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Bark Bytes… Exercising With Your Dog

Bark Bytes… Exercising With Your Dog

Dogs, like humans, need regular exercise and stimulation to keep them healthy, both physically and mentally.  Since dogs crave human companionship, then who better to choose as your exercise partner than your furry canine friend?

Frequent activity positively impacts a dog’s health in many ways, benefiting his muscles, bones, digestion, sleep, circulation, and general attitude.  The bond between canine and human also encourages humans to exercise more frequently and lose more weight than most nationally known diet plans.  A key reason for the better results is that the dog walkers stayed with the program because of their emotional connection to their dogs.

Tips To Get Started With Some Physical Exercise

Exercise needs vary from dog to dog, depending on the dog’s breed, age, weight, and other factors.  Therefore, consult with your vet before starting an exercise program with your dog—and be sure to consult with your own physician about the right program for you.

  • Take things slowly at first. Begin with short walks at a slow speed, then gradually increase the time, speed and distance.
  • The pads of your dog’s paws will need time to toughen. Begin walking or running with it on soft surfaces such as dirt, sand or grass.
  • Avoid exercising your dog immediately before or after it’s eaten. A full stomach may cause digestive upsets. Provide only small amounts of water before and directly after exercise.

Watch The Weather

  • Exercise in the cool hours of the morning or late evening.
  • Watch for signs of heat stroke.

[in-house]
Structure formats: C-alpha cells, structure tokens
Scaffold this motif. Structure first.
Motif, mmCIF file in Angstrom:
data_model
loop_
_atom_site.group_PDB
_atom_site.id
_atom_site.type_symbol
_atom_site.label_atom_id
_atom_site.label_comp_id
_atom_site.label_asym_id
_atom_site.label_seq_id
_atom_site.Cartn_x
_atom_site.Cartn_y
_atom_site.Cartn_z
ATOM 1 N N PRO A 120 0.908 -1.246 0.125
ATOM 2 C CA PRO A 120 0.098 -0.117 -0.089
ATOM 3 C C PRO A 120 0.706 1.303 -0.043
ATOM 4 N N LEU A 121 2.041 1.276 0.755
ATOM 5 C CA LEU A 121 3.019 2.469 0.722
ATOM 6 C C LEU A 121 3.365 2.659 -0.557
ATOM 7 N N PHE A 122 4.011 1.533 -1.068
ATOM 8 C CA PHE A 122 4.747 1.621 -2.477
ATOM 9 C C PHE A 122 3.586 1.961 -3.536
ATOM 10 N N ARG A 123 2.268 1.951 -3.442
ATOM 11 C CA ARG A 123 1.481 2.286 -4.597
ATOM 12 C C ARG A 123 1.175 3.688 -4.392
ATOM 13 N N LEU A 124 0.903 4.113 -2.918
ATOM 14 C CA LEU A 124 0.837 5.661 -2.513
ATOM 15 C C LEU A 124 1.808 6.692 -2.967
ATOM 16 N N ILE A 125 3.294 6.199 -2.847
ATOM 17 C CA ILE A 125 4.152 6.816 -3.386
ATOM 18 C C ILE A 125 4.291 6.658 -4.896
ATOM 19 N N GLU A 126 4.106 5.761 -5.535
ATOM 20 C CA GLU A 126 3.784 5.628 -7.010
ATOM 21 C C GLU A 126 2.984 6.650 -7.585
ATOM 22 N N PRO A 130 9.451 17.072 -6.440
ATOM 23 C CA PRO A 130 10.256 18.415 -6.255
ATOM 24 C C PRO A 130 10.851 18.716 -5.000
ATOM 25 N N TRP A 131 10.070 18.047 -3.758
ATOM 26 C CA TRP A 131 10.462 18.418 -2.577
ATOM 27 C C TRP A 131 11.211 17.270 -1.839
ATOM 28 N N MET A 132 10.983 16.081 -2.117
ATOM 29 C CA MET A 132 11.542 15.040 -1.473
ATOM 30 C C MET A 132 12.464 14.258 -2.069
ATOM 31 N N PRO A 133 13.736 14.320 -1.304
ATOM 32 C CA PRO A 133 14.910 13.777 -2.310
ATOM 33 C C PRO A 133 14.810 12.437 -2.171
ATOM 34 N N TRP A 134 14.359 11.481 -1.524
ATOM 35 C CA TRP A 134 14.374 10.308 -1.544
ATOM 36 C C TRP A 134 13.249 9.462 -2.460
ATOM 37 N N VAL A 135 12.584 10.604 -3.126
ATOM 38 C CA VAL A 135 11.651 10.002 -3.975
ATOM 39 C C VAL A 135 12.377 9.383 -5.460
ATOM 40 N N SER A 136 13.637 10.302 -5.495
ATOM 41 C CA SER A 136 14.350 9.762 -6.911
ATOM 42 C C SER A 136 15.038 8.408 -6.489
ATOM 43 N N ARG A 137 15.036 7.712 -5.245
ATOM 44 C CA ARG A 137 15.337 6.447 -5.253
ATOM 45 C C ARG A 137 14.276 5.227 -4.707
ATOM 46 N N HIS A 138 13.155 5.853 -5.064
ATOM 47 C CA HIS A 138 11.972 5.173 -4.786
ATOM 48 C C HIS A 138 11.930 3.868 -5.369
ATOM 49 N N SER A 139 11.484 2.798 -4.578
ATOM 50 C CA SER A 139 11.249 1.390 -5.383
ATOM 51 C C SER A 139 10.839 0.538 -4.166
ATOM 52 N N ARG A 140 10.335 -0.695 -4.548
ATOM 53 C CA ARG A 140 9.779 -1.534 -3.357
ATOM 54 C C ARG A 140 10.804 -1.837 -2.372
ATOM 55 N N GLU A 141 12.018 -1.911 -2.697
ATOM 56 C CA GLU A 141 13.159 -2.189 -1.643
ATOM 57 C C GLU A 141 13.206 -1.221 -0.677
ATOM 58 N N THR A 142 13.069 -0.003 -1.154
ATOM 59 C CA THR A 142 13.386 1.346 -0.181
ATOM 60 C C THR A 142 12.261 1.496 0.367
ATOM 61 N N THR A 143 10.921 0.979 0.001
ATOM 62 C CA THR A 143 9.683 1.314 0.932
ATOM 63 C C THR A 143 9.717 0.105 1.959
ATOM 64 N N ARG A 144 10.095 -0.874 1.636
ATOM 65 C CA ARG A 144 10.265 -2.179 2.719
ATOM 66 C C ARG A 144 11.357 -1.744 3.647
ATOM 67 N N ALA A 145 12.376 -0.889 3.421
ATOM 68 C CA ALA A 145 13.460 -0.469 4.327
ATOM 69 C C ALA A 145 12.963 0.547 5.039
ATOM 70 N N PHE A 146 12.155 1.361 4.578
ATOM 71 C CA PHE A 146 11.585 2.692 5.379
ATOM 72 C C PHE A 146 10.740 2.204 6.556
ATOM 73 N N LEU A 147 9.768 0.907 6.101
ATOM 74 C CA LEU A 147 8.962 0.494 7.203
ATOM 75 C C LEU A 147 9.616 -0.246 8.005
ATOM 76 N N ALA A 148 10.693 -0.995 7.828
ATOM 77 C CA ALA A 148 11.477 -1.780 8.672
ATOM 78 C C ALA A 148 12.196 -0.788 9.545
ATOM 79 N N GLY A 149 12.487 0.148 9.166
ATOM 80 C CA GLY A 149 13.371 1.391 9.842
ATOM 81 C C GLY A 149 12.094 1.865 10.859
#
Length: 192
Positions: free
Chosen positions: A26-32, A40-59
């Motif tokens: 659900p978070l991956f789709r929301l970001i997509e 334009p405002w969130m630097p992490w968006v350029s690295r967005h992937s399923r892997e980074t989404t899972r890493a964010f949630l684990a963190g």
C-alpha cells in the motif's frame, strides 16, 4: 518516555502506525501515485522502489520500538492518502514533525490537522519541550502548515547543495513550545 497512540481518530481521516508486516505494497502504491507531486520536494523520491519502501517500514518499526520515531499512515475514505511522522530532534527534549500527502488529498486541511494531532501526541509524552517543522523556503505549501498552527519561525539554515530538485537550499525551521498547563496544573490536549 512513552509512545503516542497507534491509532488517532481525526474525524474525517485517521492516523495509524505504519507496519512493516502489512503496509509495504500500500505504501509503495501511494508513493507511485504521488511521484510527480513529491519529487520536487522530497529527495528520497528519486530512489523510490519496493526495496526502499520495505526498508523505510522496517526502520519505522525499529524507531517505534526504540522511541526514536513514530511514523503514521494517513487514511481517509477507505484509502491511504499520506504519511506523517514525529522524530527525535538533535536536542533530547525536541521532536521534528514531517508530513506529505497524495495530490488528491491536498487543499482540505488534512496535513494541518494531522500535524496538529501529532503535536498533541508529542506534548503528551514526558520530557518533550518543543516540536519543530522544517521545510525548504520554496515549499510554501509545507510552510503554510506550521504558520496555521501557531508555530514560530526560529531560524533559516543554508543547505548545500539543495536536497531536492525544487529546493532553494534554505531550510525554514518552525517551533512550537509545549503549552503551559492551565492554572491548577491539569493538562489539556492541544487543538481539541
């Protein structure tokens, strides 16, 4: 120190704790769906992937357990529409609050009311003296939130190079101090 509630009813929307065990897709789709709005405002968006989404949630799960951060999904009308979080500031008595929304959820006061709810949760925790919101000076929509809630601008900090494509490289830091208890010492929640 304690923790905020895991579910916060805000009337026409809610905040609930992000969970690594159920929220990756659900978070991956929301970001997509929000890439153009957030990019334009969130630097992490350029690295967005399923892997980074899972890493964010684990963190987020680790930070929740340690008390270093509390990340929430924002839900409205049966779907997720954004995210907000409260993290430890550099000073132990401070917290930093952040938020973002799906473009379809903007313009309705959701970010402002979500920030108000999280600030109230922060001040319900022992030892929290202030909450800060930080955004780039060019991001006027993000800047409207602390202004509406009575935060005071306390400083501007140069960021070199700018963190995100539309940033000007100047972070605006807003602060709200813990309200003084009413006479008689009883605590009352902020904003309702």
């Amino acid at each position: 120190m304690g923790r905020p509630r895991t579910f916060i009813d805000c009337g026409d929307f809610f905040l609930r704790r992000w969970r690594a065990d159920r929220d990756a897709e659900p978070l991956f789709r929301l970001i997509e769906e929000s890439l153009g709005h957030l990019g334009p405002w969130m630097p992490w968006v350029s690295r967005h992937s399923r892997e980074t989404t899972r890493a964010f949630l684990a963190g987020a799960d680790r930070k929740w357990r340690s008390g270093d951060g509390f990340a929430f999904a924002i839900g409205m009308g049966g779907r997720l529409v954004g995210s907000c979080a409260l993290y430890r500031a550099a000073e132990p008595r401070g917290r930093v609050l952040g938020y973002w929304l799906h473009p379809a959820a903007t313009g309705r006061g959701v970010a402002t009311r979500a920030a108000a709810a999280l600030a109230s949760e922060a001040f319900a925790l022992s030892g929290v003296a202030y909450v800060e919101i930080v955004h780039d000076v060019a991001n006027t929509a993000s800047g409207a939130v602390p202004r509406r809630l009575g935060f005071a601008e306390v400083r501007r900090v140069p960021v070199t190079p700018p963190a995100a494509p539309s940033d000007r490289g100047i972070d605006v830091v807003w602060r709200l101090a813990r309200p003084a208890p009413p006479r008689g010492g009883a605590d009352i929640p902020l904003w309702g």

• Be aware of hot asphalt, which can damage your dog’s paw pads.

Be Sensible

No matter how fit your dog; monitor its need to rest.

  • Stop the games if your dog seems to be getting overly tired.
  • Be sure your dog has access to fresh drinking water. Prevent stomach upset by limiting your dog’s intake if it is panting heavily.
  • Remember to clean up after your dog.

Keep Things Interesting With Some Mental Training

Just letting your dog out in the backyard is not enough exercise.  Likewise, a brief daily walk may not be enough either.  However, you can keep your dog both physically and mentally active on your daily walk by varying how you walk.

  • Change the pace. Intermittently walk fast, slow, stop, etc. Your dog will come to see this as a game and will find the activity fun and stimulating.
  • Change directions frequently. Go left, then right, turn in front of the dog, reverse direction, etc. Each time you make a change in direction, give a gentle flick of the leash to alert your dog you are about to change direction.
  • Give obedience commands as you go. Stop and ask your dog to sit, lie down, etc.

Exercise His Mind

Exercise your dog’s brain, too.  Just 15 minutes once or twice a day of teaching basic obedience can tire your dog in a different way.

With some practice, you can establish the leadership required for a satisfying stroll with your dog so you can both reap the benefits of good health, fitness and a happy emotional bond.  Remember, a tired dog is a happy dog!

Vicki and Richard Horowitz are dog behavioral therapists and trainers with Bark Busters, the world’s largest dog training company.  For more information, call 1-877-500-BARK (2275) or visit www.dog-training-new-haven-ct.com.

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